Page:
Source: Raymond E, Role, *The War Games of Central Italy,” History Today* 49 (June 1999), on-line at http://www.btstoiytoday.coiB/article/artiele.cfm?articieid1428.

field of battle. In some towns there were separate battles, one for aristocratic youth who fought on horseback and a second for craftsmen or poorer citizens who fought hand to hand on foot. Governments encouraged such ritual battles and provided a “field of honor” marked off by chains and with set entrances. Just because they had community sanction, however, does not mean these “mock” battles were safe. Since these battles took place in a public square, if a combatant fell he hit hard-packed dirt or stone. By this time in medieval European cities, particularly in Italy, the public squares that were large enough for such battles were surrounded by houses of several stories. Partisans from each side watched the battles and were known to throw rocks or other projectiles at members of the opposing factions; bricks, sticks, water, and even the contents of chamber pots were fair game. Moreover, the battles themselves were brutal. A blow to the head from a wooden club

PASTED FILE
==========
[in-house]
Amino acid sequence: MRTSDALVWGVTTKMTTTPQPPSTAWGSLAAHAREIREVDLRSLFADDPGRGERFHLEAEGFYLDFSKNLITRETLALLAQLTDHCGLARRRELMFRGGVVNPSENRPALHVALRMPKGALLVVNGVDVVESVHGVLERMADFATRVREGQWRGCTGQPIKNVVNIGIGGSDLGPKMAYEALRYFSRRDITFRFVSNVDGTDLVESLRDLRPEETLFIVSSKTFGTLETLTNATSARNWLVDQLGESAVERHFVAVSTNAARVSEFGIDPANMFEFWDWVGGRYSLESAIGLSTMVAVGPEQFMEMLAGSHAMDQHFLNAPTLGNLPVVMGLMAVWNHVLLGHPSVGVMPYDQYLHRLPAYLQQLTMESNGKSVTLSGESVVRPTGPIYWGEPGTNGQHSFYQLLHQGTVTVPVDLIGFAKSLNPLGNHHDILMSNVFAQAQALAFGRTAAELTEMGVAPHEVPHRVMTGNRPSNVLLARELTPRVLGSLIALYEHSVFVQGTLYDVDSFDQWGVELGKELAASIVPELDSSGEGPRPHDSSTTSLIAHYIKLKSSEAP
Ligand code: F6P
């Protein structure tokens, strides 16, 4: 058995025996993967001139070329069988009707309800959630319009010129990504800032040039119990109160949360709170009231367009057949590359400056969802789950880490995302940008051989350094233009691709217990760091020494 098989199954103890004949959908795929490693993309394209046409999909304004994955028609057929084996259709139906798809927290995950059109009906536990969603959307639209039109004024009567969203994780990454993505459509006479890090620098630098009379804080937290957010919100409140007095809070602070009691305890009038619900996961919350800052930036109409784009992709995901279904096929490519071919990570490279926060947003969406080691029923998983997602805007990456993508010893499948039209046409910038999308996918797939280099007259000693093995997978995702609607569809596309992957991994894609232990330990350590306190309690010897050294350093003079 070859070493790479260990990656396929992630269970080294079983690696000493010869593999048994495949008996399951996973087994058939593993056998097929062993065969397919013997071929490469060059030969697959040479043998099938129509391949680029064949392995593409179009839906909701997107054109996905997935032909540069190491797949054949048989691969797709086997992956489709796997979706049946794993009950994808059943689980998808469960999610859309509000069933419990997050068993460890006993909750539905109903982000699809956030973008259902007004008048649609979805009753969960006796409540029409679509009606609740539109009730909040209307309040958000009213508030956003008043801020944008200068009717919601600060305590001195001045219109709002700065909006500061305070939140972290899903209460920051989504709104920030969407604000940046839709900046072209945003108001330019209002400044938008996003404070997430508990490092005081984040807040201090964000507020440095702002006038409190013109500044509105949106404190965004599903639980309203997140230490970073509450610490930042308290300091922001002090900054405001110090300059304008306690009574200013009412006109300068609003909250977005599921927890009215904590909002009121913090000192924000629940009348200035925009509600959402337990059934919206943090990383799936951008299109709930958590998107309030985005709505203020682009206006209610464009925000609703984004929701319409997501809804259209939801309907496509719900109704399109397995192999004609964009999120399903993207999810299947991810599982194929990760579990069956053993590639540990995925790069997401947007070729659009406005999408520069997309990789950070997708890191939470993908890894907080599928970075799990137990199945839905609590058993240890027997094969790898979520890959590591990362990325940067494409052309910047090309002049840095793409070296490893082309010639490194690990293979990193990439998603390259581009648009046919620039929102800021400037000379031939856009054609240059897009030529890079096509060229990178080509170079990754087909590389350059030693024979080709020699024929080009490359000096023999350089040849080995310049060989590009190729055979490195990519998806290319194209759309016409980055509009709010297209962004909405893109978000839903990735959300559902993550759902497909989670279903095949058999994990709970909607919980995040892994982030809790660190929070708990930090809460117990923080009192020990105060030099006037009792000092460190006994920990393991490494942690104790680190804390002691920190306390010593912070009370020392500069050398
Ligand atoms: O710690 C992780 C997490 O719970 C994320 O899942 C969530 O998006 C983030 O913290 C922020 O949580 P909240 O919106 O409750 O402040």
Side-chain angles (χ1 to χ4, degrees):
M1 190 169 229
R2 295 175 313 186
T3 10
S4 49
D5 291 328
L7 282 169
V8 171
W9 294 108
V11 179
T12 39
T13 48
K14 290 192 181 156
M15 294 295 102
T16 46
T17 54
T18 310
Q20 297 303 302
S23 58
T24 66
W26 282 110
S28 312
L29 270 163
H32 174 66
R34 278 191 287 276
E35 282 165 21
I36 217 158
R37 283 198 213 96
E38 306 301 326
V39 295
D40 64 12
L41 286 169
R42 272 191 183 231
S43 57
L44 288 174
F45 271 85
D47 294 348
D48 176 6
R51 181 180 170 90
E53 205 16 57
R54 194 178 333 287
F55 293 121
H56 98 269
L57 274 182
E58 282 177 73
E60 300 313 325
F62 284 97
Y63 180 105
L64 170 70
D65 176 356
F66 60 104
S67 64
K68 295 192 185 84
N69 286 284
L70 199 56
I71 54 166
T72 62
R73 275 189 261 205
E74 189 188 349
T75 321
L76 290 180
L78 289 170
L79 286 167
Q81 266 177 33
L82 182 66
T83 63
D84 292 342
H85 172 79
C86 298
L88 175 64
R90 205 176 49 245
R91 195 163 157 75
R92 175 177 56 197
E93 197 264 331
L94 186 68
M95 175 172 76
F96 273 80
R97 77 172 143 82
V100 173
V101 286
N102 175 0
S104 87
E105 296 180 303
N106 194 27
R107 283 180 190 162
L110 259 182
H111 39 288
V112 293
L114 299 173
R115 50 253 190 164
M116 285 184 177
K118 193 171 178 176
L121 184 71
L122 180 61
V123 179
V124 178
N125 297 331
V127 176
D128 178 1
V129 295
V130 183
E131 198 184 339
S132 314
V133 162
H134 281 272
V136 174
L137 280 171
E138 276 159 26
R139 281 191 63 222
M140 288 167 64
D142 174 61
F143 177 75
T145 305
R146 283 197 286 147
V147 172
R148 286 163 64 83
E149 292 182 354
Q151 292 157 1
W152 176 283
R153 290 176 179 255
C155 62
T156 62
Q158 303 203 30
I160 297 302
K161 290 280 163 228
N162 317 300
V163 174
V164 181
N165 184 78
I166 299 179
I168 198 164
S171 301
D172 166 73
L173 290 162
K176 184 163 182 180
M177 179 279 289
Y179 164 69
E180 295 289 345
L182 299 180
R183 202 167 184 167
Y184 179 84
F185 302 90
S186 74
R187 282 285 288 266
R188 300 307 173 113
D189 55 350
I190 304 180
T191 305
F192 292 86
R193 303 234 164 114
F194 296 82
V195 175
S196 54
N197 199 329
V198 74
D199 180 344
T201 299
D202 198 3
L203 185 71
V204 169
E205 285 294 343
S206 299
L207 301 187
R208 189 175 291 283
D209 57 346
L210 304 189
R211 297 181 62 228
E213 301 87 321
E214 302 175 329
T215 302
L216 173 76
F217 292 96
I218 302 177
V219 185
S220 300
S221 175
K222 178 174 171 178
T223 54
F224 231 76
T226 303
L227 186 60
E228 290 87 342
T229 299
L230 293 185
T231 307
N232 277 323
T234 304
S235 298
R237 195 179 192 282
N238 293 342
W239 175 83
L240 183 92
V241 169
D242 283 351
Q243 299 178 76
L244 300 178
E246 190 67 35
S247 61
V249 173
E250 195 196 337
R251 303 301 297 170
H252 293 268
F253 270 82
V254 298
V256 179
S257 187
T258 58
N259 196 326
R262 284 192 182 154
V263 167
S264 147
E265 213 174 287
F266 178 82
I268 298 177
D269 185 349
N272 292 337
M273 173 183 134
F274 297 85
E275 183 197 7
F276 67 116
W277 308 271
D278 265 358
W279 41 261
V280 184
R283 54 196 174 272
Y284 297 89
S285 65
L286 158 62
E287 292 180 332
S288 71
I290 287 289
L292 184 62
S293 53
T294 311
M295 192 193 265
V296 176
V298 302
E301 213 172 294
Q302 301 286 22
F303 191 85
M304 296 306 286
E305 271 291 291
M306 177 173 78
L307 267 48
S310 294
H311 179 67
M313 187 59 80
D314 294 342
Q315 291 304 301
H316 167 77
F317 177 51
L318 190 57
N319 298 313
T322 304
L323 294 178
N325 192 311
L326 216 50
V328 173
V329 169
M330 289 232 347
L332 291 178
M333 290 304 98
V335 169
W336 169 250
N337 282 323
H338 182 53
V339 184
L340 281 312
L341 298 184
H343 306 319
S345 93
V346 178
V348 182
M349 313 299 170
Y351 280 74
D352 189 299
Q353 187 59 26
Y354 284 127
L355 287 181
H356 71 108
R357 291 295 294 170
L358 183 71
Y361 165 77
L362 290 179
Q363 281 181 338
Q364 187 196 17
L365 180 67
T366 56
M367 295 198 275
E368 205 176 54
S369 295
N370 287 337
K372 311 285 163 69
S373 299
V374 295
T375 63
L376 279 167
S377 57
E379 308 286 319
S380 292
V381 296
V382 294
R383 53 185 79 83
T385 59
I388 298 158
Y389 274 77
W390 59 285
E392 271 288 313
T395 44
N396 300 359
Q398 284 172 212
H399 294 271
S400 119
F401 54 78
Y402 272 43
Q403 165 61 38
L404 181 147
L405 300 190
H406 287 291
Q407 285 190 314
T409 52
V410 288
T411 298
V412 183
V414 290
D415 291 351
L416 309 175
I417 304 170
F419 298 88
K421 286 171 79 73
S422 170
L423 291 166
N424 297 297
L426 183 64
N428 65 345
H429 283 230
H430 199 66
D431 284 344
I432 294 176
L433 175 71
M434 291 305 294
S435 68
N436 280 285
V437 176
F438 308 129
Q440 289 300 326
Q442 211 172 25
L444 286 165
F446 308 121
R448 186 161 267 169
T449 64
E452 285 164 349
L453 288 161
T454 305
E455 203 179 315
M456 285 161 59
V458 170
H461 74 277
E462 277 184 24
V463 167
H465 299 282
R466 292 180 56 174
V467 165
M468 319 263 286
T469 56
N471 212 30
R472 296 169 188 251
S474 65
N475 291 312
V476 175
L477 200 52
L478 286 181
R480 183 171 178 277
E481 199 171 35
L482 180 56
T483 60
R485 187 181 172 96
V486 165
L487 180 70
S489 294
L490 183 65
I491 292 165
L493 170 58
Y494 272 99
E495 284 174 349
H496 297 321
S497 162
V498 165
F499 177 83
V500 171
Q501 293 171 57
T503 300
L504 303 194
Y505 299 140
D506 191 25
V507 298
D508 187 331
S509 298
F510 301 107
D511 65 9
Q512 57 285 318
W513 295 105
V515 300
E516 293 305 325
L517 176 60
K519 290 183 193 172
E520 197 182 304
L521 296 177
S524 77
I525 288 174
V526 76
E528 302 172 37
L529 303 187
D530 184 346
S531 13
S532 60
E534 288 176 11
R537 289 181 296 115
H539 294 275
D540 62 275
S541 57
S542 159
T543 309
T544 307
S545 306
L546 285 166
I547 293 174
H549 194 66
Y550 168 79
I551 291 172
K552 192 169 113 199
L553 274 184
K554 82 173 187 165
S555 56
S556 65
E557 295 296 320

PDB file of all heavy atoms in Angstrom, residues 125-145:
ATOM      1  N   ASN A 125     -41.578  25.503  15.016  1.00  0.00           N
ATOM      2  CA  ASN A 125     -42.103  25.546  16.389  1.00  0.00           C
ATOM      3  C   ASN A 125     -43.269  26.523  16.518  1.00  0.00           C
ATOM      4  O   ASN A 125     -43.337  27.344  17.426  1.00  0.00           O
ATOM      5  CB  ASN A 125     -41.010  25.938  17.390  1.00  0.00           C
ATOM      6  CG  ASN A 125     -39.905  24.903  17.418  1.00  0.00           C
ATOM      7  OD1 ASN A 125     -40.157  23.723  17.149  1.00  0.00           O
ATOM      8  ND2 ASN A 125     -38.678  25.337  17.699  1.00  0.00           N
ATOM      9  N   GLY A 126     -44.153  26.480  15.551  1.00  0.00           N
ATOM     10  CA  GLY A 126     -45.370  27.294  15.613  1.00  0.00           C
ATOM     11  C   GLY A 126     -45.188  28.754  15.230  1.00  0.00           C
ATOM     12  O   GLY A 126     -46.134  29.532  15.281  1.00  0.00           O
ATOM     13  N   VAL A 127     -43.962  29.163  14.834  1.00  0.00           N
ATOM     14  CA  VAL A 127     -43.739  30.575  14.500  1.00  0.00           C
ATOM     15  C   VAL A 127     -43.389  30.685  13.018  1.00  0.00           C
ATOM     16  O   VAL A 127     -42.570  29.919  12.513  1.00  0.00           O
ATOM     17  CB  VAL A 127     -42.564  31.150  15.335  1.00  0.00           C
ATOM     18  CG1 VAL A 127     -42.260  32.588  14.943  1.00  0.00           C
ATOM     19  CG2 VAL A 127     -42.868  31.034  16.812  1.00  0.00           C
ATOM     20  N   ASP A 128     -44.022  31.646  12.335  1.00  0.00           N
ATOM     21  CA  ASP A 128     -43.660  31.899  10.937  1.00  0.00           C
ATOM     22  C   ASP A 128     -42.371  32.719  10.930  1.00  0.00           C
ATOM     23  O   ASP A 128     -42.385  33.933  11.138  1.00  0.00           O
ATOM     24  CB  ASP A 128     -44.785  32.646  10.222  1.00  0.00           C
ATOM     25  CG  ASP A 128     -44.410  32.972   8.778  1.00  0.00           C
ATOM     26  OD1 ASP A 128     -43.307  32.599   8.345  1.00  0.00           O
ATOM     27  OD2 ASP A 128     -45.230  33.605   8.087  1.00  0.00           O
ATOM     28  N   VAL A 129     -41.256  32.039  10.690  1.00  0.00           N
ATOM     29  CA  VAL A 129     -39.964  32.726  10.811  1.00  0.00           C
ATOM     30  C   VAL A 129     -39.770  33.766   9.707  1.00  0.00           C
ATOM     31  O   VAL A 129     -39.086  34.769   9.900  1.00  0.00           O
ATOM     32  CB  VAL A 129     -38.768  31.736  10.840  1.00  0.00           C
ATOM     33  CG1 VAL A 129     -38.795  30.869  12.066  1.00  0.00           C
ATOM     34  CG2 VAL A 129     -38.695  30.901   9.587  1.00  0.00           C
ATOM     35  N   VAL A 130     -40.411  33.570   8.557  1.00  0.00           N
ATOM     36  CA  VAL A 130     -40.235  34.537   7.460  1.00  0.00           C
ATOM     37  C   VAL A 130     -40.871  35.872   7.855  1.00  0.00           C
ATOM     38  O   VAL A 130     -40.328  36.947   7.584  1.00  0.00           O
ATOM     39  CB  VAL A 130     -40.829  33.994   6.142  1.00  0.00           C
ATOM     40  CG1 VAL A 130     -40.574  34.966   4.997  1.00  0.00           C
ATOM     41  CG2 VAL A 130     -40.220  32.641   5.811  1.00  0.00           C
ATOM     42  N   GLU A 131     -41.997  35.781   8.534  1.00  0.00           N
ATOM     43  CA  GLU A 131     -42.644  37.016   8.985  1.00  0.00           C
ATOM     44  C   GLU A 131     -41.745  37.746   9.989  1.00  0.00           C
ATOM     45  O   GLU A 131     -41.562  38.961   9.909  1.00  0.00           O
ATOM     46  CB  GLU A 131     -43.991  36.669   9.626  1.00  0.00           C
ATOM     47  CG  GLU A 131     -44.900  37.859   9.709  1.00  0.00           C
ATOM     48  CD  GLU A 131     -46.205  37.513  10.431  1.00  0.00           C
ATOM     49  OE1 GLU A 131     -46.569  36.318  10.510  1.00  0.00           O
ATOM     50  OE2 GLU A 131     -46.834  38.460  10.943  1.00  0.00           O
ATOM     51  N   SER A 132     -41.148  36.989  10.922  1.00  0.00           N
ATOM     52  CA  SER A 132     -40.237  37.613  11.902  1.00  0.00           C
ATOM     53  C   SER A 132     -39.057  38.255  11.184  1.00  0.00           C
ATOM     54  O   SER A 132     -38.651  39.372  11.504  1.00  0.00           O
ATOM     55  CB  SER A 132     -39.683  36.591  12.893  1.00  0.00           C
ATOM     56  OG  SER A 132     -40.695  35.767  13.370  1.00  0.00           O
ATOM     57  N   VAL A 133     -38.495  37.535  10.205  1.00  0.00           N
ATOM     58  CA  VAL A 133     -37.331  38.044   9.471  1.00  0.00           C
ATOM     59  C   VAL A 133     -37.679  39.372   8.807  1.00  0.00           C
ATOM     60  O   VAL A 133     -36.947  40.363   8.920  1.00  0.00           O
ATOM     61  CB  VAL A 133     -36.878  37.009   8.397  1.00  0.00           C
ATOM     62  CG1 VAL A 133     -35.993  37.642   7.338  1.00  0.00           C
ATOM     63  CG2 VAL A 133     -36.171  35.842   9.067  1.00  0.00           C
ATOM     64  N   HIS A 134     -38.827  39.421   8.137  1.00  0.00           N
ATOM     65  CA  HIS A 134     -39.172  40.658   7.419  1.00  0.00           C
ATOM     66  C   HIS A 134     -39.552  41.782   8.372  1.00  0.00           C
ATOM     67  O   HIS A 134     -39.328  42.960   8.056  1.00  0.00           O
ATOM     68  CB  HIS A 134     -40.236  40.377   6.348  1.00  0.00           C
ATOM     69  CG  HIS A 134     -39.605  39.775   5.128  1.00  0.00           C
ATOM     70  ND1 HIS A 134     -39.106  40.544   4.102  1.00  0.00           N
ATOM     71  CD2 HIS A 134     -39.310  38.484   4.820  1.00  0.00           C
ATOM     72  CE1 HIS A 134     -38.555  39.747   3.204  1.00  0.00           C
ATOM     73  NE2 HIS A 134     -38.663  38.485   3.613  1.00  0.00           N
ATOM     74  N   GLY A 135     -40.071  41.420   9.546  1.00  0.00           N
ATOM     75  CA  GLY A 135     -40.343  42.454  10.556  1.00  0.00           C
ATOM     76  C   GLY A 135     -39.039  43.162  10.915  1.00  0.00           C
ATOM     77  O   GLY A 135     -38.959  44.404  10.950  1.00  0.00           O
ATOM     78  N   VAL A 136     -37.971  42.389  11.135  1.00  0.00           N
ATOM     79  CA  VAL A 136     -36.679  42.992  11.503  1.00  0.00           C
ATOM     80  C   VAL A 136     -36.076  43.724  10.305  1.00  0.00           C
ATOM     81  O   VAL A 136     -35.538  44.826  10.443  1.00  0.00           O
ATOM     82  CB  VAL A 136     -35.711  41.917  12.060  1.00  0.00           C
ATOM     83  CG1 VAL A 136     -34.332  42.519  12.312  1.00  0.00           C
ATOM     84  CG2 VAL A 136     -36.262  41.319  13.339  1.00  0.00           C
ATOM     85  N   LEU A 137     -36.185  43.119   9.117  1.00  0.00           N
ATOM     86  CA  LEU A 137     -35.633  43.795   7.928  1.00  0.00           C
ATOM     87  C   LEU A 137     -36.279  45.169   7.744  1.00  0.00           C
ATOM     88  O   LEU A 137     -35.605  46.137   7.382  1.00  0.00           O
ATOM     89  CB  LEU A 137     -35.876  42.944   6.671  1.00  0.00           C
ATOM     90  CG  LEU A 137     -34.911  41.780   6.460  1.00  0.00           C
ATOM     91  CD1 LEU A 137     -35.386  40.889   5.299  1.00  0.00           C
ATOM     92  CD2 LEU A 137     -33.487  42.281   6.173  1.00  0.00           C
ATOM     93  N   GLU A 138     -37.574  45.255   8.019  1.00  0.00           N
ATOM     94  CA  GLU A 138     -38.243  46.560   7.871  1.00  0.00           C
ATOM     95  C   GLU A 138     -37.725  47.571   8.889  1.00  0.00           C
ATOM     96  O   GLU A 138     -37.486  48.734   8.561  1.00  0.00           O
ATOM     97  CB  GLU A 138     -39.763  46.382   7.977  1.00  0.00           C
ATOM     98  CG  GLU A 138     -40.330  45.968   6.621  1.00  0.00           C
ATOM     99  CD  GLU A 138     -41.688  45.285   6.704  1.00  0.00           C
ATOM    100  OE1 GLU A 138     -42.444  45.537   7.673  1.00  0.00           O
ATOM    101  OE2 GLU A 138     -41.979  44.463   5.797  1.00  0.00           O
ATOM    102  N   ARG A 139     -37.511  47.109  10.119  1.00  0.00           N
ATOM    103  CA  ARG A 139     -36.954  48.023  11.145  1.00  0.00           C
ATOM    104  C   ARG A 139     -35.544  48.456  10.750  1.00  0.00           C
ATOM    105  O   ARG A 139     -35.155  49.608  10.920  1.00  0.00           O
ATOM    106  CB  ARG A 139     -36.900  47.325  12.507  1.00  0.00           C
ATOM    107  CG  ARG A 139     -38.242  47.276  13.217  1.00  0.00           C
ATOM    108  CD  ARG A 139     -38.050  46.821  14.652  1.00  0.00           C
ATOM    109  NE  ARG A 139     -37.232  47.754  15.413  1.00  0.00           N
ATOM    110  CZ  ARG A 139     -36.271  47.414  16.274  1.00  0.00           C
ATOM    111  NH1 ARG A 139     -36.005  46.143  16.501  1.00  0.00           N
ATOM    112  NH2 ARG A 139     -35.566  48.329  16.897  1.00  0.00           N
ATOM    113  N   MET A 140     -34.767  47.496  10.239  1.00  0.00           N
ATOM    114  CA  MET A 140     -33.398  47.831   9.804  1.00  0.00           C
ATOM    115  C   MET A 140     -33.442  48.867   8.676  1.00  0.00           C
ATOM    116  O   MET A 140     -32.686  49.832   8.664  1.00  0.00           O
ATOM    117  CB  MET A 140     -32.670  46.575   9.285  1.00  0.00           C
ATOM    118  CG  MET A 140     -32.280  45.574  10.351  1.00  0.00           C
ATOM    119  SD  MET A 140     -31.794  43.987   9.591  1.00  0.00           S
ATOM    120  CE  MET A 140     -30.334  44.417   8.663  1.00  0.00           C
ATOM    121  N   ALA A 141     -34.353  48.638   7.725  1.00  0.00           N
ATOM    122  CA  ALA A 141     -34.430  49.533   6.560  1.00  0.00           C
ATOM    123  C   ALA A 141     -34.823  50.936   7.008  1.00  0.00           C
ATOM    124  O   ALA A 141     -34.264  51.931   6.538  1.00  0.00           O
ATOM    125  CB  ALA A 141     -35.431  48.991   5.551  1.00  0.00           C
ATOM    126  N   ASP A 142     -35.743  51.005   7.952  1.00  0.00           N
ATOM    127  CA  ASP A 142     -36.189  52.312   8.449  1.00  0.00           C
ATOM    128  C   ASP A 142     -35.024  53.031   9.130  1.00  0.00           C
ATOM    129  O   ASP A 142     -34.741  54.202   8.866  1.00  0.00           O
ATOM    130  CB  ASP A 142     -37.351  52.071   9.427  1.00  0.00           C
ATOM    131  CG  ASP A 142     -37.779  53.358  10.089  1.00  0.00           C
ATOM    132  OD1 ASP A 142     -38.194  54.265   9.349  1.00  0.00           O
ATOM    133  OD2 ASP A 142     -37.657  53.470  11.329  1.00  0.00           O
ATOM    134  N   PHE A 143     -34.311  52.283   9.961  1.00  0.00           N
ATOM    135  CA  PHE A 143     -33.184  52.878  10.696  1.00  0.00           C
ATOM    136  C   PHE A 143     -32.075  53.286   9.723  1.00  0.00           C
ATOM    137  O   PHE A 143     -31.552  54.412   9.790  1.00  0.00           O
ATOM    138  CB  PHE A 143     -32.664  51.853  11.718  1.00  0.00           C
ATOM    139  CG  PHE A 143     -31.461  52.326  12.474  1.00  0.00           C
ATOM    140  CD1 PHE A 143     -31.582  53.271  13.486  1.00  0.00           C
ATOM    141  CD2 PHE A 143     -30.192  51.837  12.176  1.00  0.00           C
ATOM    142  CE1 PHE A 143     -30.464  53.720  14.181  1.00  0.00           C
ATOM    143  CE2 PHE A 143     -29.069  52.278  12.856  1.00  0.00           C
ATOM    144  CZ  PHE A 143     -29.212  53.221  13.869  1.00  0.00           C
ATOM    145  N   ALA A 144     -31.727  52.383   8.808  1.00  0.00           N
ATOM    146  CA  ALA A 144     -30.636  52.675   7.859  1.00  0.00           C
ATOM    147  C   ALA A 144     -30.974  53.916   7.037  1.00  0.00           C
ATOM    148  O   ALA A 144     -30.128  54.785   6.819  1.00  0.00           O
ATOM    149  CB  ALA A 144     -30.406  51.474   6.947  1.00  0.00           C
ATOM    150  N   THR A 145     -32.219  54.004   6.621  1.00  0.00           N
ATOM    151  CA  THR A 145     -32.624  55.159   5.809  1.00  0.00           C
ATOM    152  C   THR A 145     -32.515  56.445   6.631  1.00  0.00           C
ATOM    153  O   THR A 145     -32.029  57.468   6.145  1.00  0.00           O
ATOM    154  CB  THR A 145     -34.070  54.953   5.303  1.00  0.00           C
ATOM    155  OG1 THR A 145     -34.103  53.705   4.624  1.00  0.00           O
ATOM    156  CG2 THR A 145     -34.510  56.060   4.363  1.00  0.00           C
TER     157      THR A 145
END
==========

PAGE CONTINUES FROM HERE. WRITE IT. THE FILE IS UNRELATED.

could easily fracture a combatant’s skull or do worse damage. By the fourteenth century, with such consequences in mind, many medieval towns were attempting to ban these combats, but similar events occurred in cities such as Venice well into the seventeenth century.